In 1962, a lower bonnet line and twin headlamps were introduced and the Cloud III was born. Engine power was upped by 15% and the top speed rose to 117 mph. The compression ratio was increased and the 1-inch SÚ carburetors replaced by 2-inch units.

A 1963 road test stated: 'It is a pity that a connoisseur's car like the Rolls-Royce remains far beyond the dreams of the vast majority of the World's motorists, but good to know that cars of this quality can be built still and that there is a healthy market for them. They set a standard that is really appreciated best when one returns to driving lesser cars.'

The Silver Cloud range prompted the immortal line used in its advertising, 'At 60 miles an hour the loudest noise in this new Rolls-Royce comes from the electric clock.'

Source - Rolls-Royce Motor Cars
The last of the Rolls-Royce separate-chassis cars from Crewe, the Silver Cloud was the main vehicle manufactured by Rolls-Royce from April 1955 until March 1966. The Silver Cloud replaced the Silver Dawn and was eventually replaced by the Silver Shadow. A major update from the pre-war models, the main design work was accomplished by J.P. Blatchley.

With a simple steel box section, the chassis was welded together and was very rigid while construction was still split into chassis and pressed steel and aluminum coachwork. It wasn't until the Silver Shadow that the uni-body construction arrived.

Weighing a total of 1.95 ton's, the Silver Cloud measured 5.38 m long and 1.90 m wide. Transmission was a four-speed automatic with an engine that was a 4.9 L six-cylinder unit. Suspension was independent coils at the front and semi-elliptic springs at the rear while the brakes were servo-assisted hydraulic drums.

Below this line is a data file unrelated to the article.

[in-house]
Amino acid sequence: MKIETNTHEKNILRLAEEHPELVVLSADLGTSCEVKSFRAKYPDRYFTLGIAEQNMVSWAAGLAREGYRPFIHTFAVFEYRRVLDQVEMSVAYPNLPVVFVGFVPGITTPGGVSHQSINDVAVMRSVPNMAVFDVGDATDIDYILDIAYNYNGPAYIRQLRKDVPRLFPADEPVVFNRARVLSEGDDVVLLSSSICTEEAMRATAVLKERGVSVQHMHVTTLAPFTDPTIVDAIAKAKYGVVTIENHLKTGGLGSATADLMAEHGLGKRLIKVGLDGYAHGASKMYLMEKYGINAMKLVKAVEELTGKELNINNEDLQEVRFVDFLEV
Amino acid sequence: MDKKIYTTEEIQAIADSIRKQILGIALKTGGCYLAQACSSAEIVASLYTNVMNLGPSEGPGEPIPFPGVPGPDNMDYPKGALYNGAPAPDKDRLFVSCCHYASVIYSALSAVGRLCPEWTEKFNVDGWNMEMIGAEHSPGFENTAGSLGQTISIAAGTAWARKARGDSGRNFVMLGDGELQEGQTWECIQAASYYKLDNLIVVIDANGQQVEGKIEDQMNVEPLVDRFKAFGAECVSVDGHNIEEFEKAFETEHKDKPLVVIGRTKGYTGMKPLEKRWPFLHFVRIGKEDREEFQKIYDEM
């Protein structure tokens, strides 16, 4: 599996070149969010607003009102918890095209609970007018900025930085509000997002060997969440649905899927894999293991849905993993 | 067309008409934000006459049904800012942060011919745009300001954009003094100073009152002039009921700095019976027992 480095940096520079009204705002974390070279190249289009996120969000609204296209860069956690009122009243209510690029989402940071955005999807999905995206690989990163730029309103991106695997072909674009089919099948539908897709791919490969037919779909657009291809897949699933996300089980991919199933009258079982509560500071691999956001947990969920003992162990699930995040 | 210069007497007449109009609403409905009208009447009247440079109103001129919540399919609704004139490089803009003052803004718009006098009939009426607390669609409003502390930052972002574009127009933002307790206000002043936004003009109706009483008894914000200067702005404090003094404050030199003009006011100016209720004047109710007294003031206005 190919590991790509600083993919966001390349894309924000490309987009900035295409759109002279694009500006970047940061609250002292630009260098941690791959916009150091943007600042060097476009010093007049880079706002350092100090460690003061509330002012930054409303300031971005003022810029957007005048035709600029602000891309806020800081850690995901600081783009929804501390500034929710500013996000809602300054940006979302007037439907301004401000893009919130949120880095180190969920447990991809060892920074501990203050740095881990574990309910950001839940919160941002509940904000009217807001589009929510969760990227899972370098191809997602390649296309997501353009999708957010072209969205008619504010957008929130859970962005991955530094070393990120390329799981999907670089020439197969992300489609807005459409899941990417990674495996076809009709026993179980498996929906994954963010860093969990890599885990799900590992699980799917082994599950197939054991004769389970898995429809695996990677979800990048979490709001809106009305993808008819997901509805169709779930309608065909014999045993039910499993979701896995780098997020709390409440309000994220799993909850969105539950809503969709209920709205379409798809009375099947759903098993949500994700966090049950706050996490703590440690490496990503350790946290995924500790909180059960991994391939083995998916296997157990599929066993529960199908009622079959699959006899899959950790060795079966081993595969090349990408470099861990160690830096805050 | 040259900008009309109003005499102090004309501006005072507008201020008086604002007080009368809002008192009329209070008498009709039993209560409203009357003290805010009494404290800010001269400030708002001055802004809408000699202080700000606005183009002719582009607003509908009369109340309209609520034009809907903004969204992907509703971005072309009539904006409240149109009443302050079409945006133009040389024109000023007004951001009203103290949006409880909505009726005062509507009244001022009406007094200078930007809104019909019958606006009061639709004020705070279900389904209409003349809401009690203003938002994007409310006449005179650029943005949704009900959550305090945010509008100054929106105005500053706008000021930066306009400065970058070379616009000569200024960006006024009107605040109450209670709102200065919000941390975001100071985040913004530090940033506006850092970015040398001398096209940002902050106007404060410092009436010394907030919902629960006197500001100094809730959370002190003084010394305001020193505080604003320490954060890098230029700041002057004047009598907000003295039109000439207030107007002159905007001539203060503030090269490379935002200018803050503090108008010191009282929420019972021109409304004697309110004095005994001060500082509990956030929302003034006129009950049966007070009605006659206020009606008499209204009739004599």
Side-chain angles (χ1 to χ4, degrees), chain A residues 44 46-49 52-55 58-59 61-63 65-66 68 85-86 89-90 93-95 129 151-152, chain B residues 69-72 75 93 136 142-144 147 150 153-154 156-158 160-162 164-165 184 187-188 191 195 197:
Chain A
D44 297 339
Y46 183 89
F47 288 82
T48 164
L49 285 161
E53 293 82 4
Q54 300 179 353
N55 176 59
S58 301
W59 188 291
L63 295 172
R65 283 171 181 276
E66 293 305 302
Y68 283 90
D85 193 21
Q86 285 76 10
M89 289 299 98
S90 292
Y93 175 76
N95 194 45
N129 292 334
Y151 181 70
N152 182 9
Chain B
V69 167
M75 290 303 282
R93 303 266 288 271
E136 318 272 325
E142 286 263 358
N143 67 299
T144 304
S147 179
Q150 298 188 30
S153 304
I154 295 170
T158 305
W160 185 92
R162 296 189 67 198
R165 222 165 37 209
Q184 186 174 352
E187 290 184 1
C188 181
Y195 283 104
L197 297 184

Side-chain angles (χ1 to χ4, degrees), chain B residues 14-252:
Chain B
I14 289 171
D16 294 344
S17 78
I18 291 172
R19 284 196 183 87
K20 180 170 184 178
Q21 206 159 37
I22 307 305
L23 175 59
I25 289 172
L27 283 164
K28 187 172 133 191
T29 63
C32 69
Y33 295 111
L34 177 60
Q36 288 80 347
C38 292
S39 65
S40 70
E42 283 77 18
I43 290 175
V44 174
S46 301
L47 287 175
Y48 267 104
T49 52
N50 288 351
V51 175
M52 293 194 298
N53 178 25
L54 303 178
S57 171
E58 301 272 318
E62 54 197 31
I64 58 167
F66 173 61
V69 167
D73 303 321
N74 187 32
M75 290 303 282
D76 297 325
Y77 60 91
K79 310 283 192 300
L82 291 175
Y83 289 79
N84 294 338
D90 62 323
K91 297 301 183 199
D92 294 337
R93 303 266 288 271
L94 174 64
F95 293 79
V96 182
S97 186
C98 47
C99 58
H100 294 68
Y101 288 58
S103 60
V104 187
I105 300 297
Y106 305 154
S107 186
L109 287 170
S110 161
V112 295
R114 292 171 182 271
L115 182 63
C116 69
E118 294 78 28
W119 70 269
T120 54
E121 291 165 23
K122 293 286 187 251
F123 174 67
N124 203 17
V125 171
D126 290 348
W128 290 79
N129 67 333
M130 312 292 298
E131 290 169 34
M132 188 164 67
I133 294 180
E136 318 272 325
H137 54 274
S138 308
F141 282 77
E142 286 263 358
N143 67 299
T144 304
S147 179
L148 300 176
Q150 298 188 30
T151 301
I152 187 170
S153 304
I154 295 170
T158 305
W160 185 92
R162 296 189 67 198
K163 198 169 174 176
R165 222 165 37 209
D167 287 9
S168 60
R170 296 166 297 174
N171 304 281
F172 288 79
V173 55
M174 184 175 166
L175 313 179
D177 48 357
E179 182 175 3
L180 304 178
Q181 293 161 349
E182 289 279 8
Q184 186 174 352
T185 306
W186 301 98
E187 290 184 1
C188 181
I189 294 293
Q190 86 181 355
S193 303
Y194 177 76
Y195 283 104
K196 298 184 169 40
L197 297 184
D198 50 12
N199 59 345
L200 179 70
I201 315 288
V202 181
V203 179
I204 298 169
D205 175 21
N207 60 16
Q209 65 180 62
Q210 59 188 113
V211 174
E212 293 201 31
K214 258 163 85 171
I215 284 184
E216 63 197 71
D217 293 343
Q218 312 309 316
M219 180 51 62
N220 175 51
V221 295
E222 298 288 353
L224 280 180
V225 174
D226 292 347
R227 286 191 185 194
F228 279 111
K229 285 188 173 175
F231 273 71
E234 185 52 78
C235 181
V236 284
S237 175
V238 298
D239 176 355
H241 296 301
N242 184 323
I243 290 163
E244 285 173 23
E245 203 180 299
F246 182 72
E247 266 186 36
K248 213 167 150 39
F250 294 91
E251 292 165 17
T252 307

In 1959 the Silver Cloud II was introduced with minor changes externally, but with the addition of a 6.2 L V8 engine with now pushed the vehicles weight to 2.11 tons. The top speed jumped to 183 km/h while the biggest improvements were showcased in acceleration and torque. Essentially the Silver Cloud with a different engine, the Rolls-Royce new 6.2-liter light-alloy V8 has been said to have been inspired by Cadillac's 1949 OHV unit.

Identical in everything but the nameplate, and of course, the Rolls-Royce radiator and mascot, the Silver Cloud II favored the companion Bentley S-Type Series II. 229 units of this model were long-wheelbase limo's with division window and handcrafted coachwork, though most of these vehicles had the ‘standard steel' sedan body. Though falling behind the rising standard of chassis refinement, the 1959-1962 Rolls-Royce Silver Cloud II was still the ‘Best Car in the World'.

In 1963 the Silver Cloud III was unveiled with slightly updated external tweaks and a remodeled interior. The weight of this newest model was reduced by almost 100 kg which resulted in boosted engine speed and slight performance. Very similar to the later Silver Shadow, the headlights were updated to a four-headlamp layout.

A total of 2,238 units of the Silver Cloud were produced during its production time.

By Jessica Donaldson
1962 Silver Cloud III